Questioning Existence

The word “philosophy” means “lover of wisdom”. I’ve always really liked that. It made reading philosophy as a sort of exploration; it felt like there was something to be uncovered and found. What really drew me to philosophy and the study of it was in the first existentialism class I ever took. Each class was discovery. If I am meant to have my Dead Poets Society story then it would be my freshman year Existentialism and Literature class. There seems to always be some sort of philosophical theory that people learn and it resonates with them. Aristotle and Simone de Beauvoir speak to the heart.

As one could guess, I have a concentration in existentialism. I like asking the big questions like “What does it all mean?” and such. Jean-Paul Sartre is my philosophical soulmate. His book Being and Nothingness (he has a knack for amazing titles, unlike most philosophers; Nausea and Troubled Sleep are also worth checking out) was my awakening and call to action within philosophy. Painted as a dark academia type, philosophy is greatly misunderstood. There’s the idea that it’s elitist and, essentially, worthless. While I think some arguments for these points have their justifications, I can’t fully agree.

Have you ever looked at the stars, admiring the vastness of the universe, only to then find yourself a bit terrified by it? There’s days where the sun is warming your skin and everything seems a little bit easier, maybe better, so you laugh more and go get an ice cream. Some nights you can’t sleep and with the soft glow of streetlights from outside, you stare at your ceiling. You ask yourself, “Will it all be okay? Am I doing this right?”. You sign leases, fill out job applications, and take leaps of faith with certainty that it will improve you and take you somewhere better than now. These things are what it means to exist.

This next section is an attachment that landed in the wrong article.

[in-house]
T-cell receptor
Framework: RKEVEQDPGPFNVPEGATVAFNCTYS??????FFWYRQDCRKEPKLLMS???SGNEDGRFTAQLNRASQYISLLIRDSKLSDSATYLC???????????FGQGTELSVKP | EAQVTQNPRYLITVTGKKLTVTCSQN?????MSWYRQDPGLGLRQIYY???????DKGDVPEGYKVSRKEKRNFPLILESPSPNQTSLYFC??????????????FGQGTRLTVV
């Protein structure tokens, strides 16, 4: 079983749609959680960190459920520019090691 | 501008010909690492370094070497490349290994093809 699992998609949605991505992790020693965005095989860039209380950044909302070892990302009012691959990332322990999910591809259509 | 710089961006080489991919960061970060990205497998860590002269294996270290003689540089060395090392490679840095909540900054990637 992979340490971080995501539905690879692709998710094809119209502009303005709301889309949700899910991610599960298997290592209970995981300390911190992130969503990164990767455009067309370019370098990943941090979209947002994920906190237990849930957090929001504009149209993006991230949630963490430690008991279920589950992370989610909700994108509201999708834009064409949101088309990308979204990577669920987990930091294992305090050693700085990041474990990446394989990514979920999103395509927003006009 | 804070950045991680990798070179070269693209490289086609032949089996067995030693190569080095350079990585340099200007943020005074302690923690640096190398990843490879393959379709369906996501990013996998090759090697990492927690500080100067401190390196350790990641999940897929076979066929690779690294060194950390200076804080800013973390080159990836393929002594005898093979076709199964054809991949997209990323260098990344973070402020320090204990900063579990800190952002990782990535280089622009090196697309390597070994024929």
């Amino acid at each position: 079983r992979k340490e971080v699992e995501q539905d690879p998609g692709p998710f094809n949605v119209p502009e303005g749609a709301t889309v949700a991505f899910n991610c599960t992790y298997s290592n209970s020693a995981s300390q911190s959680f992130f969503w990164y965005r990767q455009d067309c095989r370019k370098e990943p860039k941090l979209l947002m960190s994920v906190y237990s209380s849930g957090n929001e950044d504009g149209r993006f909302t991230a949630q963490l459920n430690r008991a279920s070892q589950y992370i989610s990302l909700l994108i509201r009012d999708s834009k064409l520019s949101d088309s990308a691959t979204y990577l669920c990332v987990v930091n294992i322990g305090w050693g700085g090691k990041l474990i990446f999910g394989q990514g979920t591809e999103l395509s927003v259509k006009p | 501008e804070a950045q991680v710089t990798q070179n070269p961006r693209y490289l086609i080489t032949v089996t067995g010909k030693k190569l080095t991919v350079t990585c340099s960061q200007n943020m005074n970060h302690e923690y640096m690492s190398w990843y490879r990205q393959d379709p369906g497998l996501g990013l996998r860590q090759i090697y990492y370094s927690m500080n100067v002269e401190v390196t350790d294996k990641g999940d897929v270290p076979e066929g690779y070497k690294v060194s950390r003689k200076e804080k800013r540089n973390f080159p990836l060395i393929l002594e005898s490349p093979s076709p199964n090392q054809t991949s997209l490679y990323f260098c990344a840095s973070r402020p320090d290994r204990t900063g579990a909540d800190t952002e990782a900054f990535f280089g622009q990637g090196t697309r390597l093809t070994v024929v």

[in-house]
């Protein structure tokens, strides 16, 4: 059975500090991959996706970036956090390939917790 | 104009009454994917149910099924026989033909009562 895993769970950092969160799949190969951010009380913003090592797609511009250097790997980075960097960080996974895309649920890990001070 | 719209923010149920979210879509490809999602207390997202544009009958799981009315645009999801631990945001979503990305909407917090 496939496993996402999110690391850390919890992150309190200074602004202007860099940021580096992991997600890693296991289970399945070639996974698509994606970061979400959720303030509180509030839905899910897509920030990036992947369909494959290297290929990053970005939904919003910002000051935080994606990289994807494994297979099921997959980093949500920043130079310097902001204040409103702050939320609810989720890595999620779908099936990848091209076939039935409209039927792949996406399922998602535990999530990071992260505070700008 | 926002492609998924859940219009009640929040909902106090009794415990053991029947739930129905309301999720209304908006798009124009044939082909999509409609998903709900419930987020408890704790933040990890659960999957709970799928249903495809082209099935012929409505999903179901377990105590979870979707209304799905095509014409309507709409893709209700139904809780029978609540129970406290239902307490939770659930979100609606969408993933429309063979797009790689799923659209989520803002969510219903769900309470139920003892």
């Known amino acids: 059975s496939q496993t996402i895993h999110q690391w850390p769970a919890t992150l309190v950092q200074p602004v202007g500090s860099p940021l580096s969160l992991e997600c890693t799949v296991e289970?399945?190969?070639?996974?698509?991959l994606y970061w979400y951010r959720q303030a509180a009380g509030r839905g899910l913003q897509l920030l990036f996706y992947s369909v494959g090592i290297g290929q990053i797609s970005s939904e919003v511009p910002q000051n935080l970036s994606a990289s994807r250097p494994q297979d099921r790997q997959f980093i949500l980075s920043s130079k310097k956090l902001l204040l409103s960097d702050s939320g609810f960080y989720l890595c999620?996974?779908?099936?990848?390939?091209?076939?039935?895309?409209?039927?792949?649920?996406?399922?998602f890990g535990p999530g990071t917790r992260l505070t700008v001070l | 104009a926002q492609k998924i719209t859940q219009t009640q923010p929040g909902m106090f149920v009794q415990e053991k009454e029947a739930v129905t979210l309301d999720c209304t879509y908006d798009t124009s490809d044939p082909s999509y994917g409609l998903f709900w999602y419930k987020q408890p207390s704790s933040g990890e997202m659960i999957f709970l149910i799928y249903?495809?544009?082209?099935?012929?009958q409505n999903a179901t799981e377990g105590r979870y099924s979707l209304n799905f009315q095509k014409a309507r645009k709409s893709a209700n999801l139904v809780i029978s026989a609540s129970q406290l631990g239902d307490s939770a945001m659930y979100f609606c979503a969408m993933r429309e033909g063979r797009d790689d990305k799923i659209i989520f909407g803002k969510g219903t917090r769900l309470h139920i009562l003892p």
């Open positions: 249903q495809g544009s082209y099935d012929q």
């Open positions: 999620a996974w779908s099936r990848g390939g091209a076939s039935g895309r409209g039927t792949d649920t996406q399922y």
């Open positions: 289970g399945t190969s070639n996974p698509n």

I study existence because it is something we all experience. Philosophy does not always come in lectures attended three times a week or complex books that need to be read at least twice. We perform philosophy every single day. Do not doubt the capacity the individual has to understand themselves as a being-in-the-world. We are constantly relating ourselves to others and the environment we find ourselves in. That connection, the perception it takes, is existence. Existentialism does not need to find you as a crisis. Sometimes it’s birthday parties and late nights with someone you love.

The complexities of who we are is incredibly important to our existence. Identity is the foundation of what it means to even be a being. That’s really where existentialism starts. As a philosopher, a student, a struggling young adult, and as someone maybe a bit too naive still in my hope for this world, here’s what I want to say about questioning everything. To stay skeptical and curious about the world does not mean you must question who you are. Your facticity is the only sure thing. So explore. Take a class. Pick up a Sartre book. But always know that when you look up at the stars and think that you’re small and meaningless, you aren’t. You are what you make of yourself.

-Xander Moore (he/him/his)